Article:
But T, why equate Kindle with digital technology? That a poodle is a dog, does not make every dog a poodle. Kindle is just one of many ways of outputting digital content. Others are POD books, other e-books and readers, audio and visual recordings distributed on disks, sticks and the internet. If, as you point out, the Kindle is not sufficiently enabling for readers and writers its success will be duly limited to those who figure they are better than others because they value the limitations.
As for libraries, they ARE becoming digital resource centres where people can access digital content via their own devices or those they borrow from the library (as they borrowed printed books in the past.)
And, not that it's terribly relevant, but to limit communication to the spoken word is, well, a failure to communicate. Music is communication, even without the lyrics. Mathematics is a language of communication. Pantomime is communication. Fashion is communication. Dogs sniff butt to communicate. For them the urine left at fire hydrants carries the neighbourhood news. The badly translated assembly instructions that come with IKEA furniture are communications. They communicate, eventually, how to put the damned stuff together so I can finally sit on it. Product packaging is covered in communications that express the manufacturers' desires that I buy their stuff. Advertising is communication. Graphic art is communication. You don't feel a need to communicate? Then why have you responded to my points, or any others on RARA for that matter? If you don't communicate, then how DO you express yourself?
This e-mail is a communication. It is not necessarily noir.
----- Original Message -----
Sent: Sunday, November 15, 2009 4:20 PM
Subject: RARA-AVIS: Re: state of NY publishing
Kerry, let me answer as concisely as I can. The Kindle is disabling compared to the book because I cannot make or fix (or run) a Kindle by myself, whereas anyone can make a book by himself. Any time you add a layer of intermediate complexity, you disable people. I don't think this can be argued with.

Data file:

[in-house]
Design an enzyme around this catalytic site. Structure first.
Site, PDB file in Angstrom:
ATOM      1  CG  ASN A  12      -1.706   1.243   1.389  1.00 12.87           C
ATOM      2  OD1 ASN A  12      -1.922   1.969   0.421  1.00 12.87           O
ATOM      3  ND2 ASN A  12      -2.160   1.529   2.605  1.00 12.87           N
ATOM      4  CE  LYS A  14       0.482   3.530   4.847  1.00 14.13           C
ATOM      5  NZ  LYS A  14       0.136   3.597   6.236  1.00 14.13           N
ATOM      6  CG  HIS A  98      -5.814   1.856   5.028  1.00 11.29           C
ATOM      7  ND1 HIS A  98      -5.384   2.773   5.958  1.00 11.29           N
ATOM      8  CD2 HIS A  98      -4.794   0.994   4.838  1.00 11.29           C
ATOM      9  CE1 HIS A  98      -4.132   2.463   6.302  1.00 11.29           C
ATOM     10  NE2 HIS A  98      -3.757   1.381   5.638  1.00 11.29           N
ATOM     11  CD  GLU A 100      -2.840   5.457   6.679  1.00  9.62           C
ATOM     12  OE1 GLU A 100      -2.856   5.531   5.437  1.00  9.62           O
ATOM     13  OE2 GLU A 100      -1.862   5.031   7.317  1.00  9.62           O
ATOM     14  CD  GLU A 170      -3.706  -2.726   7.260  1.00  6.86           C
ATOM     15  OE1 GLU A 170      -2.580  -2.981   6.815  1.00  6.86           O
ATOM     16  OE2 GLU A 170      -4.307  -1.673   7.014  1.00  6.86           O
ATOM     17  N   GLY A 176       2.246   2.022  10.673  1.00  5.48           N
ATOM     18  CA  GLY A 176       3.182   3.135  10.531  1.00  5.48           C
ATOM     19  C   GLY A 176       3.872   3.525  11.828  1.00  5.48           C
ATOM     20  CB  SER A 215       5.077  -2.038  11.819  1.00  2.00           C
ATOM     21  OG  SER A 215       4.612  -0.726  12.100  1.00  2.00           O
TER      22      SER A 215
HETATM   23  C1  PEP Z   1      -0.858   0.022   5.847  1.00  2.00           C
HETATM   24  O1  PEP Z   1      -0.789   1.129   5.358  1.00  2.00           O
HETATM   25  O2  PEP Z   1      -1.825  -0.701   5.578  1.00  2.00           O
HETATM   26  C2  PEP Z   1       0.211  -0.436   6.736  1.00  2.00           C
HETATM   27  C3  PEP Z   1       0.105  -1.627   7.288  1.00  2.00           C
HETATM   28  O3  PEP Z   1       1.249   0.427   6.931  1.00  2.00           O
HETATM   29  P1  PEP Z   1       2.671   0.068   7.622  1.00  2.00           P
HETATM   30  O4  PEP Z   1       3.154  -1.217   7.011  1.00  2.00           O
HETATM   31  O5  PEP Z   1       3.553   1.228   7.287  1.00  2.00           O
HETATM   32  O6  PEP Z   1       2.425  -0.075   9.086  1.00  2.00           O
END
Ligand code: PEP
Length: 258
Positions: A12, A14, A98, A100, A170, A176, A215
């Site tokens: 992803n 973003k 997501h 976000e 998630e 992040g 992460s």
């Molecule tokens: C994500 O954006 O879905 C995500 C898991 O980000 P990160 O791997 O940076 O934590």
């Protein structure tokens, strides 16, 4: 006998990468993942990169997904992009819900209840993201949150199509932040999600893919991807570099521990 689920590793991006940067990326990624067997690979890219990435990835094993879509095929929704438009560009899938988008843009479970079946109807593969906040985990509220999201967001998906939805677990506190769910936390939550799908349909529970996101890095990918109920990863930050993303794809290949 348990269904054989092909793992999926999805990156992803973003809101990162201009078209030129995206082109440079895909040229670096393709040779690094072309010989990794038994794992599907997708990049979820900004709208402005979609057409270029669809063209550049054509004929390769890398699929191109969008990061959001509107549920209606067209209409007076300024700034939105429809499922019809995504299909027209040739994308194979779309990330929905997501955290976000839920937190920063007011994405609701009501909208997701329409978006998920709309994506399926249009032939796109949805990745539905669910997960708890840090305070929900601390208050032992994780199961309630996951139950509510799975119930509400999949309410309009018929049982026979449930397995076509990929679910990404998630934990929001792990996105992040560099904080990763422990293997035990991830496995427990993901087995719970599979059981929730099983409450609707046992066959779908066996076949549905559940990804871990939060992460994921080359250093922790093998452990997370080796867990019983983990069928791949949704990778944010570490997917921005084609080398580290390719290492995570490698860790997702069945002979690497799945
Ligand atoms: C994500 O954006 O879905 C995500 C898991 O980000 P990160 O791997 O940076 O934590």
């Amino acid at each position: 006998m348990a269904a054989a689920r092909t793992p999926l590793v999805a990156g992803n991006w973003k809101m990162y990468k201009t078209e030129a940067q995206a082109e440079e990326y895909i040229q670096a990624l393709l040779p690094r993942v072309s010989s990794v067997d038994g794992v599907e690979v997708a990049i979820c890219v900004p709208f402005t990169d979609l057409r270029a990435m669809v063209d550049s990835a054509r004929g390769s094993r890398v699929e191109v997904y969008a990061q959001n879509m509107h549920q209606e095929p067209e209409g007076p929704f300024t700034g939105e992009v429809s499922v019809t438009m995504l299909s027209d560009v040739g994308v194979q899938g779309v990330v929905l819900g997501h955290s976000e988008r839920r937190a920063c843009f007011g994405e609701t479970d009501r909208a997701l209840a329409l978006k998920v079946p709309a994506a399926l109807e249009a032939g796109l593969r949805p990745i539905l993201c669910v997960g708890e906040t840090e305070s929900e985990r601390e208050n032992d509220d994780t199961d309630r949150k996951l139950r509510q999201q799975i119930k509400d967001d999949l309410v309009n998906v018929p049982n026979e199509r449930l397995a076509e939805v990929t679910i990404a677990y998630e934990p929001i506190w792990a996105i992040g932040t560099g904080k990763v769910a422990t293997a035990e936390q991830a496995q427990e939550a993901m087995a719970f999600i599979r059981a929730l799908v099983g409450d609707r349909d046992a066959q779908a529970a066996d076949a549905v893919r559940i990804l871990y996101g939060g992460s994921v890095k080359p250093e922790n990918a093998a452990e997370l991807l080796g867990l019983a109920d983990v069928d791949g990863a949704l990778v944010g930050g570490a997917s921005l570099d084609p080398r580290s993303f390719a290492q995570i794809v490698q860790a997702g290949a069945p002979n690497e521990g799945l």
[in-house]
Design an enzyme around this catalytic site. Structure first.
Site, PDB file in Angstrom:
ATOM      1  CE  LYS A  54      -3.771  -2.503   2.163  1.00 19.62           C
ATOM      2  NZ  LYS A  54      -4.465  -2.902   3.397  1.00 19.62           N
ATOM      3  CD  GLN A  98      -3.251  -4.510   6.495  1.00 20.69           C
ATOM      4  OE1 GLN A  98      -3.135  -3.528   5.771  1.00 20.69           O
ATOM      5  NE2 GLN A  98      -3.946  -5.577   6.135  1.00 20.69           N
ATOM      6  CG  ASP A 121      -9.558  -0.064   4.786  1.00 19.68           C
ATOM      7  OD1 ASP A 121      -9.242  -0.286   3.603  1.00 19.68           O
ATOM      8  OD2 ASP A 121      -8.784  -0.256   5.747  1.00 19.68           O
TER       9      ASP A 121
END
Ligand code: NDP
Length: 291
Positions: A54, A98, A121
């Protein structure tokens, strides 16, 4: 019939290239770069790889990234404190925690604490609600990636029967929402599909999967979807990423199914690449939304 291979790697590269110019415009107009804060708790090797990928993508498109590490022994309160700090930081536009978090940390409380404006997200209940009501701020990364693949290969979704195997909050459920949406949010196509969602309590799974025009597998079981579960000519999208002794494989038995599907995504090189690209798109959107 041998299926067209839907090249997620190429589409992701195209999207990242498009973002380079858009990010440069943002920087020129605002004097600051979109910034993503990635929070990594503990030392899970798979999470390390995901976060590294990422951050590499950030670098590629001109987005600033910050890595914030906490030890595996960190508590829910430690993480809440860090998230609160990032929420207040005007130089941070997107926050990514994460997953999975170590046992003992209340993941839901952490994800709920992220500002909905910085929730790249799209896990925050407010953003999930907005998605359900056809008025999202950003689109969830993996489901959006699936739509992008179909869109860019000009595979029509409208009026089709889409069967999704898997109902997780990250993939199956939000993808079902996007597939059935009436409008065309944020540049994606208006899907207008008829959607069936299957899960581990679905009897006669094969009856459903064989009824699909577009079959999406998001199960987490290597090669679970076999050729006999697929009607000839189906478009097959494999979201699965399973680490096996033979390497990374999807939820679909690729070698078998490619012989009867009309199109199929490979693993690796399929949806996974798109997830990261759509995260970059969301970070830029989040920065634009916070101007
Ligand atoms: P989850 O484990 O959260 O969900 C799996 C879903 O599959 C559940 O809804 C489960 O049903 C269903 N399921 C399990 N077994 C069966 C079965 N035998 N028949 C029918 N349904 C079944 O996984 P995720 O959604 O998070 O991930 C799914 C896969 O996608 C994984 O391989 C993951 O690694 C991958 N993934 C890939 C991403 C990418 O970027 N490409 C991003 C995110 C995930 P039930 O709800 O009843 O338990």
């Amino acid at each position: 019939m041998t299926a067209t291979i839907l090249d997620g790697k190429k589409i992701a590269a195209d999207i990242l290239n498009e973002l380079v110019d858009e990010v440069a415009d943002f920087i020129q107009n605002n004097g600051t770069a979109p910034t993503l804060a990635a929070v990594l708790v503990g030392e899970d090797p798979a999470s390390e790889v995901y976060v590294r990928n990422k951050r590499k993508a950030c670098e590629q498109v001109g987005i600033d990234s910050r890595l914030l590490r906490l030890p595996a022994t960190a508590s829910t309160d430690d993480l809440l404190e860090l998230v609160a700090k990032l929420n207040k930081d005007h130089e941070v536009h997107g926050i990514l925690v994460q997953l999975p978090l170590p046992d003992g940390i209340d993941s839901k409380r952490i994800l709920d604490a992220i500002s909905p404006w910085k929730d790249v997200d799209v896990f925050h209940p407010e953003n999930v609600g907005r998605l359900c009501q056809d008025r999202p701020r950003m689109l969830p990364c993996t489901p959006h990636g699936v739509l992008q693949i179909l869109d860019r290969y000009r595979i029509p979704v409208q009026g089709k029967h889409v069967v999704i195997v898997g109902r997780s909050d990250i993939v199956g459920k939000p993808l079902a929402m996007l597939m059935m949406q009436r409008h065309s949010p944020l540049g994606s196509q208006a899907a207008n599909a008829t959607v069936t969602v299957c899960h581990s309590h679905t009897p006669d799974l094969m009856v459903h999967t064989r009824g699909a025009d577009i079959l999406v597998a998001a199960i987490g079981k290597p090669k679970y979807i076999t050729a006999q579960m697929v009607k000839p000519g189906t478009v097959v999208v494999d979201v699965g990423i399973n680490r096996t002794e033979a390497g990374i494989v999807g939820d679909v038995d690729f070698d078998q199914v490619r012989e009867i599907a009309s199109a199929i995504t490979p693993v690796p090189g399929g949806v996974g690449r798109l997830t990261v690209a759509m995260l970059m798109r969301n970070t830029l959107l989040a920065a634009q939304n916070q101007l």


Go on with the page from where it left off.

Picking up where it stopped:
But even if you assumed that industrial civilization would continue along present lines (an impossibility, as we know from physics), do you think poor people, who are the overwhelming majority of the world, will be buying Kindles and paying to download books from Amazon?
As to the matter of oversupply of reading materials, I am not worried. Unless one is befuddled by the idea of "choice" (i.e., I want to know all the possible choices before choosing something to read), the abundance of materials does not hurt anyone. Life is not lived along "optimization lines". There is no book that I _must_ read, nor any book that really has any advantage over any other book, as long as it satisfies the reader. Reading is an optional activity.
You speak of communication, but intrinsically, human communication is spoken. Writing is a recent auxiliary that may go without anybody suffering much, in my opinion. I am not sure that there is an overwhelming compulsion to communicate either. I have never felt such a thing. Express, maybe, but communicate?
And I reiterate that I consider this discussion to be fully on topic. I think it's a vital discussion unless we want to ignore what is going on, and in particular, what is going on in the lives of writers.
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